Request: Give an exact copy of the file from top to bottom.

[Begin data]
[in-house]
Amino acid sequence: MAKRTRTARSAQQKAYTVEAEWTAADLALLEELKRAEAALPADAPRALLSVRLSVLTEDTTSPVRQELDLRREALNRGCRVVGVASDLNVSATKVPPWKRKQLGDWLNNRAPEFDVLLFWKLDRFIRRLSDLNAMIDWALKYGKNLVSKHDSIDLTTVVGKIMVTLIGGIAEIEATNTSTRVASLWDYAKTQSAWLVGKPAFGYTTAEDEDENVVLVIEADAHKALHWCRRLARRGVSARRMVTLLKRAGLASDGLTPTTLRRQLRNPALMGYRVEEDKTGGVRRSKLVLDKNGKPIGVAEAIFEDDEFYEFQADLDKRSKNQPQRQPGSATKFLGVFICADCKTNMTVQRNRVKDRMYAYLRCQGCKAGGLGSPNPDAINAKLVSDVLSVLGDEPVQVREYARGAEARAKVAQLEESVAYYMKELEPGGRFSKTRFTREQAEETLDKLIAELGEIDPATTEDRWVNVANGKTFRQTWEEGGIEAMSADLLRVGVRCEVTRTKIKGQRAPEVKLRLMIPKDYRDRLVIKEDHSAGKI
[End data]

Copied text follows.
[in-house]
Amino acid sequence: MAKRTRTARSAQQKAYTVEAEWTAADLALLEELKRAEAALPADAPRALLSVRLSVLTEDTTSPVRQELDLRREALNRGCRVVGVASDLNVSATKVPPWKRKQLGDWLNNRAPEFDVLLFWKLDRFIRRLSDLNAMIDWALKYGKNLVSKHDSIDLTTVVGKIMVTLIGGIAEIEATNTSTRVASLWDYAKTQSAWLVGKPAFGYTTAEDEDENVVLVIEADAHKALHWCRRLARRGVSARRMVTLLKRAGLASDGLTPTTLRRQLRNPALMGYRVEEDKTGGVRRSKLVLDKNGKPIGVAEAIFEDDEFYEFQADLDKRSKNQPQRQPGSATKFLGVFICADCKTNMTVQRNRVKDRMYAYLRCQGCKAGGLGSPNPDAINAKLVSDVLSVLGDEPVQVREYARGAEARAKVAQLEESVAYYMKELEPGGRFSKTRFTREQAEETLDKLIAELGEIDPATTEDRWVNVANGKTFRQTWEEGGIEAMSADLLRVGVRCEVTRTKIKGQRAPEVKLRLMIPKDYRDRLVIKEDHSAGKI